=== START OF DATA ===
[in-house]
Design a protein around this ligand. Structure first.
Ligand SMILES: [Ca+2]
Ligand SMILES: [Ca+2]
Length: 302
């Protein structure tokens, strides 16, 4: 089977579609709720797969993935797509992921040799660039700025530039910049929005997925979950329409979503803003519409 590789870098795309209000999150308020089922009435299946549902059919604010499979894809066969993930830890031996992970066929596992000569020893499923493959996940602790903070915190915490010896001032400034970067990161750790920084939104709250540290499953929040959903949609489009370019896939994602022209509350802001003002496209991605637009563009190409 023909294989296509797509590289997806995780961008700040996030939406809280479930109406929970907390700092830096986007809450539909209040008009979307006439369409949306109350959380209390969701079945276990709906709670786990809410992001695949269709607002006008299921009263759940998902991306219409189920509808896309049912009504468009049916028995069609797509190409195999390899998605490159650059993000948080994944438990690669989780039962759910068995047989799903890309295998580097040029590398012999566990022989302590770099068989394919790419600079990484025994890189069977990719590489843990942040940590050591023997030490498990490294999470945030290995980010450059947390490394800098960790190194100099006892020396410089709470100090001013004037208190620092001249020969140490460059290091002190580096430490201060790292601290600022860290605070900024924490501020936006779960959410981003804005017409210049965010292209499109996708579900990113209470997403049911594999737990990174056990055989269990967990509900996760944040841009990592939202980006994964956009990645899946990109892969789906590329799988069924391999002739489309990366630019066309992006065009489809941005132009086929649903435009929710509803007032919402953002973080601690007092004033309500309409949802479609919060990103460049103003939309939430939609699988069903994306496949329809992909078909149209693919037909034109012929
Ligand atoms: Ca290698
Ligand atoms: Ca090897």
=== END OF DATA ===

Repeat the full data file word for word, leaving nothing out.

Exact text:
[in-house]
Design a protein around this ligand. Structure first.
Ligand SMILES: [Ca+2]
Ligand SMILES: [Ca+2]
Length: 302
């Protein structure tokens, strides 16, 4: 089977579609709720797969993935797509992921040799660039700025530039910049929005997925979950329409979503803003519409 590789870098795309209000999150308020089922009435299946549902059919604010499979894809066969993930830890031996992970066929596992000569020893499923493959996940602790903070915190915490010896001032400034970067990161750790920084939104709250540290499953929040959903949609489009370019896939994602022209509350802001003002496209991605637009563009190409 023909294989296509797509590289997806995780961008700040996030939406809280479930109406929970907390700092830096986007809450539909209040008009979307006439369409949306109350959380209390969701079945276990709906709670786990809410992001695949269709607002006008299921009263759940998902991306219409189920509808896309049912009504468009049916028995069609797509190409195999390899998605490159650059993000948080994944438990690669989780039962759910068995047989799903890309295998580097040029590398012999566990022989302590770099068989394919790419600079990484025994890189069977990719590489843990942040940590050591023997030490498990490294999470945030290995980010450059947390490394800098960790190194100099006892020396410089709470100090001013004037208190620092001249020969140490460059290091002190580096430490201060790292601290600022860290605070900024924490501020936006779960959410981003804005017409210049965010292209499109996708579900990113209470997403049911594999737990990174056990055989269990967990509900996760944040841009990592939202980006994964956009990645899946990109892969789906590329799988069924391999002739489309990366630019066309992006065009489809941005132009086929649903435009929710509803007032919402953002973080601690007092004033309500309409949802479609919060990103460049103003939309939430939609699988069903994306496949329809992909078909149209693919037909034109012929
Ligand atoms: Ca290698
Ligand atoms: Ca090897």